Enter the Russo brothers, Anthony and Joseph, relative newcomers to the Hollywood scene. Their 1997 experimental short film Pieces drew festival interest from director Steven Soderbergh, who offered to help produce the boys' first feature film. What to do with their big break? Bring Monicelli's Big Deal—one of their all time favorite comedies—to an American audience and a whole new generation of fans. You see, these guys aren't idiots. They are both highly educated students of film, both foreign and domestic. They see things and think about things that your standard American movie going audience is rarely, if ever, going to understand. Thus merging highbrow existentialism with lowbrow farce creates an interesting juxtaposition, resulting in Welcome to Collinwood.
Let me be honest with you. This is a very different film. You will either hate it from the word go or stay with it, laugh with it, and when it's over wonder if you liked it or not. The entire production is unlike anything I have ever seen and the story is timeless. Set in the ethnically diverse and racially charged Collinwood—an embattled neighborhood of Cleveland, Ohio—you will be hard pressed to tell what year you are witnessing. The city looks like something out of the Great Depression, the costumes and hairstyles range anywhere from the 1930s through 1980s, and the language is a confluence of American slang. Disorienting at times, but intriguing nonetheless. Perhaps this is the Russo's way of keeping their audience off balance. The story is simple and at the same time unnecessary—five guys trying hard to work together in the hopes of making their lives better but ultimately making them worse. It's much like people who spend 90% of their welfare check on lottery tickets hoping for the big payoff while condemning themselves to remain forever at the bottom of life's barrel. The only person who wins is the one who decides not to play the game.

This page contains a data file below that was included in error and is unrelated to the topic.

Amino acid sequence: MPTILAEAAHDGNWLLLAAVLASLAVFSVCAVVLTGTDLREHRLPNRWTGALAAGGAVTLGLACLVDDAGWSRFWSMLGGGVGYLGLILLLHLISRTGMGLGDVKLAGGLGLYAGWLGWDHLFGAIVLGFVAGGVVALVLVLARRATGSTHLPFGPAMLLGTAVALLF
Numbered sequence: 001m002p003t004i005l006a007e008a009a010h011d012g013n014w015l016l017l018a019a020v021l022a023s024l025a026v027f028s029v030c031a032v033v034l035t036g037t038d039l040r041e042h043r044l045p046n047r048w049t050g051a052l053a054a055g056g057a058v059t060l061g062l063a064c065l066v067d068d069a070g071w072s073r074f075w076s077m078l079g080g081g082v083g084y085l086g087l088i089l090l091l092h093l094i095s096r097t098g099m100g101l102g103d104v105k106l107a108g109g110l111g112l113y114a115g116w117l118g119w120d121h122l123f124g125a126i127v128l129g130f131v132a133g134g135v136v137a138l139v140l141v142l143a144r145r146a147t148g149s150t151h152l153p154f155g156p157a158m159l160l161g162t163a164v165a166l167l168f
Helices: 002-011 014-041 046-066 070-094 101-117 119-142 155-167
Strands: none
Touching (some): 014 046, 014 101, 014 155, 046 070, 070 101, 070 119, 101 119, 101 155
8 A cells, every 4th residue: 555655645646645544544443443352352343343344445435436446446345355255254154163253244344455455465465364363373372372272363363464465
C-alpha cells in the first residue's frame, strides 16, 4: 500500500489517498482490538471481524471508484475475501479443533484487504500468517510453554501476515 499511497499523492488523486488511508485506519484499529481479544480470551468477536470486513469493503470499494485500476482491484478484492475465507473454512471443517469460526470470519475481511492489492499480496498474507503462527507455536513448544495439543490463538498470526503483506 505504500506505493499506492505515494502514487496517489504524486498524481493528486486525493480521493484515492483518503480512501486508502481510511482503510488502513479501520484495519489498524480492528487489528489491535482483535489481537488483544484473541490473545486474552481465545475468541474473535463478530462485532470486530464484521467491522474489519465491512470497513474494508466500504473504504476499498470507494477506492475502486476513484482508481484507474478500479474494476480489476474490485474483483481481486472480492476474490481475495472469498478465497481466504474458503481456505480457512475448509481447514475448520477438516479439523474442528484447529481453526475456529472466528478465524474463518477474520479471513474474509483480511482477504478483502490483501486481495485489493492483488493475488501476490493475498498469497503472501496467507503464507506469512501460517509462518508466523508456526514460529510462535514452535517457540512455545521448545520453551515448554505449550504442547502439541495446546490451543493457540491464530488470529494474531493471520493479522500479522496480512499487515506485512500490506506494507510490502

Four standout performances make the film worthy of investing 86 minutes of your life. George Clooney's (Ocean's Eleven) Jerzy—the grizzled old veteran of crime—is little more than a glorified cameo, but like the great ones he makes the most of each opportunity. William H. Macy's (Fargo) Riley is a father trying to do right for his baby son and imprisoned wife but going about it all the wrong way. As always, his comedic timing is impeccable, especially when the chips are down. Sam Rockwell's (Confessions of a Dangerous Mind) Pero is a piss poor boxer who has taken one too many shots to the head and is willing to sell out anyone to get what he wants. Far more than a comedian, Rockwell has the tools to tackle any role and make it fascinating. One only need observe the little things (speech patterns, facial expressions, et cetera) to see the depth and breadth of his talent. Last but certainly not least is the late Michael Jeter (The Green Mile)—a man whose star will continue to shine stronger and brighter with time. In one of his final performances, Jeter's Toto is larger than life but in the most subtle of ways. As Lucy Van Pelt would say…of all the Charlie Browns in the world, Toto is the Charlie Browniest. Proved here once again, Jeter could get inside of a character like few others and remain forever without missing a single beat. His talent and presence will be sorely missed.